What Patrick felt and what I felt at the time, about the rights and wrongs of it, were rather different. He was gung-ho and very clear. The Argies stole the islands and we should get them back, and do whatever that took. I was rather baffled and wanted Britain to win more because losing would be so terrible. Not least politically. Because, as we speculated, it would have been hard for Thatcher to have survived as PM if there had been a British military and naval catastrophe down there in the South Atlantic. (The South Atlantic being where, as so many Brits of my sort were rather unsure about at the time, the Falkland Islands are to be found.) There nearly was a catastrophe. Luck played a scarily big part, far bigger than we were told at the time.

Well, if you want to hear what we said about this strange war, and are not expecting any bigger lessons beyond a small and rather meandering history lesson, here is where to go.

Big Things in alignment

Are you fed up with photos I photoed years ago? Well, to make a change, here’s a photo someone else photoed years ago:

That’s the dramatic photo at the top of a piece in The Independent entitled, in appropriately dramatic capital letters, SUPERMOON 2020: HOW TO SEE SNOW MOON THIS WEEKEND.

Getty Images says, about this photo of theirs

A full moon passes behind The Shard skyscraper on 9 September, 2014 in London, England

Anyway, the point is, something similar might well, weather permitting, be happening this coming Sunday.

The first supermoon of the decade will rise over the skies of the UK on Sunday, offering the brightest and biggest view of the moon in almost a year.

It will be the first of four supermoons set to take place in 2020, and the first to occur since 20 March last year. They happen when the full moon is at its closest point in its orbit of Earth, making it seem bigger and brighter than usual.

Weather permitting, people around the world will witness the spectacle on 9 February, with the exact moment where the effect appears strongest happening at 7.34am GMT. The moon will appear full for around three days, spanning from Saturday to Monday.

The time of year means this full moon has traditionally been known as the Full Snow Moon or the Full Hunger Moon, as it often coincided with heavy snowfall and difficult hunting conditions.

Personally, I’m in favour of “difficult hunting conditions”, because I’m a townie and I hate hunting, of any animals not capable of turning around and attacking and devouring their pursuers. But I digress. I am in favour of good photoing weather.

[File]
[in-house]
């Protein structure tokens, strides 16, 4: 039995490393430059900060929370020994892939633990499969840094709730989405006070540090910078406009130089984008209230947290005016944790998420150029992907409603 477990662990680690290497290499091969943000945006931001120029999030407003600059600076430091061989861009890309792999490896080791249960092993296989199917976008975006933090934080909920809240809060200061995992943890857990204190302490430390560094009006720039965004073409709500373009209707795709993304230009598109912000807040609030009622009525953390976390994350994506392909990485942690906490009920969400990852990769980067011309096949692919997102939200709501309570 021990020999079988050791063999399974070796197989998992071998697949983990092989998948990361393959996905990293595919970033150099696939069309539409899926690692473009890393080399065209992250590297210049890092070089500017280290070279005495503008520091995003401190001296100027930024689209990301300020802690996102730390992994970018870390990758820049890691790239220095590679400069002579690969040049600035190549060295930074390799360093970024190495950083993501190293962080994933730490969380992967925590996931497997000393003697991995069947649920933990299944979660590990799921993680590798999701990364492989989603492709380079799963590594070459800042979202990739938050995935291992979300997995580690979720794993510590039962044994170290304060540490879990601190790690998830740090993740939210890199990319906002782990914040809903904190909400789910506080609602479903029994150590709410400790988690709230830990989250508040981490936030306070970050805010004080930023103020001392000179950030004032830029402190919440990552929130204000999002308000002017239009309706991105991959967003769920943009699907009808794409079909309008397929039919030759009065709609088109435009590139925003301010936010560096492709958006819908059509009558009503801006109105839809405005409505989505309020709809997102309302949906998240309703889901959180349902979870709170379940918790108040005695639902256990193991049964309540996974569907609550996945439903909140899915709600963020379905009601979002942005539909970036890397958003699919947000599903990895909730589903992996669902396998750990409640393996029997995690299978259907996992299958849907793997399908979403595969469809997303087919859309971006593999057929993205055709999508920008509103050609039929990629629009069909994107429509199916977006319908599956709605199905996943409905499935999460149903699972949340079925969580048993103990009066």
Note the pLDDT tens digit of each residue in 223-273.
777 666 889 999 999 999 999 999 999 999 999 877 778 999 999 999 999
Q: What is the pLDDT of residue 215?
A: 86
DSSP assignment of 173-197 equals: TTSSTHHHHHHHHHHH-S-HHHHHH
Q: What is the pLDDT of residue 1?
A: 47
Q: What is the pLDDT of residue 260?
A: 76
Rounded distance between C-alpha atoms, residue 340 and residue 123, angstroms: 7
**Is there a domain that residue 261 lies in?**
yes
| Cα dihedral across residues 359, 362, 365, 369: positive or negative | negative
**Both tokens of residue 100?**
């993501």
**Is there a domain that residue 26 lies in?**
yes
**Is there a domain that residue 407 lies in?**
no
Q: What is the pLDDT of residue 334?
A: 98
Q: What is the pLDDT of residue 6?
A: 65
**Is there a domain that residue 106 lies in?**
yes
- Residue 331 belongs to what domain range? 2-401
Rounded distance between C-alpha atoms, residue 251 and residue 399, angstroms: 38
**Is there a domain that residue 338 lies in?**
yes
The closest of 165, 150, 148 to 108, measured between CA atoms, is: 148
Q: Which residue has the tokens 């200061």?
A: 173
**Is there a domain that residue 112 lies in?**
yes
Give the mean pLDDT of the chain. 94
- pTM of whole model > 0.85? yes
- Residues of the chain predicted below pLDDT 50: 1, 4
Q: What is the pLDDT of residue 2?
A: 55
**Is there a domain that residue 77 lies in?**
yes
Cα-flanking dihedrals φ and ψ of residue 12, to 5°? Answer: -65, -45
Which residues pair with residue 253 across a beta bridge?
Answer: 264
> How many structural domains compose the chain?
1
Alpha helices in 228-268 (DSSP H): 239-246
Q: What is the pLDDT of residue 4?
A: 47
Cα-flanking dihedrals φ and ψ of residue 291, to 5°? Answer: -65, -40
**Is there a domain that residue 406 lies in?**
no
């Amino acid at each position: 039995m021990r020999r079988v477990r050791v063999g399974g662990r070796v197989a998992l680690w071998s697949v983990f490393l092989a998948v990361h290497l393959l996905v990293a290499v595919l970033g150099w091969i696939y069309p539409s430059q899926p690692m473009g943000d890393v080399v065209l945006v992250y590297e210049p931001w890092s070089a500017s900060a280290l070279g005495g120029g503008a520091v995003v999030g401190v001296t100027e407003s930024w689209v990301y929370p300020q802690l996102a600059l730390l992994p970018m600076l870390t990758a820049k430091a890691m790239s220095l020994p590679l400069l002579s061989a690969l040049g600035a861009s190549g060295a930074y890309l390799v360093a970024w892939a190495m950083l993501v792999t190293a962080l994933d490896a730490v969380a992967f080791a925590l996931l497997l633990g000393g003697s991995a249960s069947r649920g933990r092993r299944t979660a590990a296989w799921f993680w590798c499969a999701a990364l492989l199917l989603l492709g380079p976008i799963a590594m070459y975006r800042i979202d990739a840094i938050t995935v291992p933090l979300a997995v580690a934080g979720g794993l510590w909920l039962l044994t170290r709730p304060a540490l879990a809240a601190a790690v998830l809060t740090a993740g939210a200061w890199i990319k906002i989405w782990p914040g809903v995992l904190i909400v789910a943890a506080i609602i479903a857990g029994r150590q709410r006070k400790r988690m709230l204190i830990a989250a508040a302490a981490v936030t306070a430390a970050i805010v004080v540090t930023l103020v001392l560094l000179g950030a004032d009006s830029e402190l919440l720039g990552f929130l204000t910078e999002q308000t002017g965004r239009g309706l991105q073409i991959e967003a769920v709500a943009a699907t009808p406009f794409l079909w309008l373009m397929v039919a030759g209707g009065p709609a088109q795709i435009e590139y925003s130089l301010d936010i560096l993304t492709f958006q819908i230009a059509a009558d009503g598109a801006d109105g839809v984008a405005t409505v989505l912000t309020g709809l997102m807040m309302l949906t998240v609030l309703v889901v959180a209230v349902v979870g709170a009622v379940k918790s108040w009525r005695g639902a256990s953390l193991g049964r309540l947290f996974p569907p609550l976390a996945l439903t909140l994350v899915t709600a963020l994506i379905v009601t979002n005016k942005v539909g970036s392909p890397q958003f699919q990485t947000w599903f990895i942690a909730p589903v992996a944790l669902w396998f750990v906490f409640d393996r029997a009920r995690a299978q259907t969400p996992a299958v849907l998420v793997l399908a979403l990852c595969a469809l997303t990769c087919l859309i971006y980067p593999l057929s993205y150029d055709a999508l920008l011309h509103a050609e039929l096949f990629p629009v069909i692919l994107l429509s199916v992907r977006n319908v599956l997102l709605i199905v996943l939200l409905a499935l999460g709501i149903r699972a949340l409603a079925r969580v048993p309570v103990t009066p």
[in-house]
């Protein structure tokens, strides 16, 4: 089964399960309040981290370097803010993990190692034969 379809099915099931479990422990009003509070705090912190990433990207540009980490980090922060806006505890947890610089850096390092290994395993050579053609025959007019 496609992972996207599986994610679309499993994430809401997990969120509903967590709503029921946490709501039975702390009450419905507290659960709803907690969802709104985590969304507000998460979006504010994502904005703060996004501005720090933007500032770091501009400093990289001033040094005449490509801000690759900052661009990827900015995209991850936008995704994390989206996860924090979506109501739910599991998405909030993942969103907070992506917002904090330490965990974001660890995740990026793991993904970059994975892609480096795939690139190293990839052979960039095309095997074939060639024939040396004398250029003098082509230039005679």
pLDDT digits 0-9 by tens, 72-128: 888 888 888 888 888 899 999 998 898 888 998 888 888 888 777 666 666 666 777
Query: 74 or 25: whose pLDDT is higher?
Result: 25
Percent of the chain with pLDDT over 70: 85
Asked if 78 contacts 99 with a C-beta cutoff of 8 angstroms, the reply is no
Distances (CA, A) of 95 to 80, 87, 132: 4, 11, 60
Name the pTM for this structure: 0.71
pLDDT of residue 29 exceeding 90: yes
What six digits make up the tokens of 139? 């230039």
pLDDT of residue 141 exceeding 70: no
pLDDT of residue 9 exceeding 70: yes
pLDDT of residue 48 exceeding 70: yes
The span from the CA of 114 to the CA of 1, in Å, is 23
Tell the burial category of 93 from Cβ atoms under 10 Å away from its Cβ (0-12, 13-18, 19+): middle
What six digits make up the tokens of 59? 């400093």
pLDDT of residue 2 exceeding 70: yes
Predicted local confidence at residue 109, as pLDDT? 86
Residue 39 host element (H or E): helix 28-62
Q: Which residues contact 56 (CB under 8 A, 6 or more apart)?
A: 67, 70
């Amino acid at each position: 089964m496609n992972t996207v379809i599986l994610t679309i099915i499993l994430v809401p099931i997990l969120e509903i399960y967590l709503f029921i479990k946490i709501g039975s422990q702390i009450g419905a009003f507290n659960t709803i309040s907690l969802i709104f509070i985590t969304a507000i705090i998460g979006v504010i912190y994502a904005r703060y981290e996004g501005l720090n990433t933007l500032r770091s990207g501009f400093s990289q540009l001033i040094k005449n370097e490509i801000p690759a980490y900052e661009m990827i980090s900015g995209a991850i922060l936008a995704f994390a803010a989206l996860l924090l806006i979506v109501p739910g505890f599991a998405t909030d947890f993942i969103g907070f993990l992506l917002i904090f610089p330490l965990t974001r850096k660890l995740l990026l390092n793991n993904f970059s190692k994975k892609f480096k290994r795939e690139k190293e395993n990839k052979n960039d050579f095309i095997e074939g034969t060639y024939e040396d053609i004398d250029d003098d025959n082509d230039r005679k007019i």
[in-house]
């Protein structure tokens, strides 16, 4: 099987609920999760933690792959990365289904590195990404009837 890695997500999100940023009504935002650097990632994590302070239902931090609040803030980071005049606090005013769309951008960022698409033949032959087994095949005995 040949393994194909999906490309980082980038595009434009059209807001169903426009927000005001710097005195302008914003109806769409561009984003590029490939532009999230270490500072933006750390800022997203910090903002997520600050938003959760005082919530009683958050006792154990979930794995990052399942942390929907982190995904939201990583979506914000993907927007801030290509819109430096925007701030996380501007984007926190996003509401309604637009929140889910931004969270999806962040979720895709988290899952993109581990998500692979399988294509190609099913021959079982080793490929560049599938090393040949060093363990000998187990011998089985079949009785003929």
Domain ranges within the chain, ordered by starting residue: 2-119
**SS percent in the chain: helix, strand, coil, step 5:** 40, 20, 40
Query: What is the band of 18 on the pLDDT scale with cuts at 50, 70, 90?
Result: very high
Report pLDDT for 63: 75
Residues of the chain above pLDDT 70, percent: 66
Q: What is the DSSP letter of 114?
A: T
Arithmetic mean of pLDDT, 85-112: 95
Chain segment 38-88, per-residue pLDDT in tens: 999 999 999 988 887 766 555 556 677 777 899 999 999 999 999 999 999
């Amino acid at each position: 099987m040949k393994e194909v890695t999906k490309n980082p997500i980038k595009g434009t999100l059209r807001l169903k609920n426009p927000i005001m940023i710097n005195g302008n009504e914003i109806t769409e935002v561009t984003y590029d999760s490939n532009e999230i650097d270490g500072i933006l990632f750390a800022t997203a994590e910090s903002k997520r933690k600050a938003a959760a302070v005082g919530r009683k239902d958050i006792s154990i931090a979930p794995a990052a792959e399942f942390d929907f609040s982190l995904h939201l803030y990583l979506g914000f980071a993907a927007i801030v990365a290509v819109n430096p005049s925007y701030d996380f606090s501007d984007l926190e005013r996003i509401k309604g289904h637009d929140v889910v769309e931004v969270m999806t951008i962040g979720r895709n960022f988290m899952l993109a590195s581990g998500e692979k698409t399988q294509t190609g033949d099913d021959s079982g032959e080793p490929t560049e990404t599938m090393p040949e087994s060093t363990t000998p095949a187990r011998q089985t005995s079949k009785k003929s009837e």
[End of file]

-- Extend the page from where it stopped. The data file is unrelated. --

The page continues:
The weather today, like the weather yesterday, was perfect. Here’s to that lasting. Which our forecasters now say it won’t. Shame.

New word

Cranebow:

Found this here.

LATER: From where I’m sitting, there is small and unwelcome gap just before where it says, below, “Monday 27 January 2020”. Can any passing WordPress experts explain this, and thereby help me get rid of it? (My guess is: Me asking this will cause this gap to vanish spontaneously.)

And I was right! It did vanish. And me writing the above paragraph enabled me to spot it, because the entire paragraph turned blue. A missing “/” was the problem, following the blue “here”, which, when inserted, abolished the gap. So, WordPress experts, forget about it.

But the good news is …

Bloomberg reports that A $1 Billion Solar Plant Was Obsolete Before It Ever Went Online.

The US taxpayer faces an eye-watering bill. Which is very bad. But the interesting thing to me is why it was obsolete:

By the time the plant opened in 2015, the increased efficiency of cheap solar panels had already surpassed its technology, and today it’s obsolete — the latest panels can pump out power at a fraction of the cost for decades with just an occasional hosing-down.

I am not a close student of solar power, but to my uneducated eye this sounds like very good news. The savings that this rapid solar tech progress will yield will surely be worth far more than whatever the US government wasted (by being too impatient and/or corrupt) on this particular slice of pork.

There’s a graph in the Bloomberg piece which says that the “Cost of Solar Technology in $ Per Megawatt-Hour” has fallen from around $350 in 2009 to around $50 in 2019. Which sounds like quite a drop. I had heard rumours about how solar power is getting cheaper, but I had not realised how rapid this improvement had been. And, I’m guessing, will go on being.

New and overdue category here: “Energy”.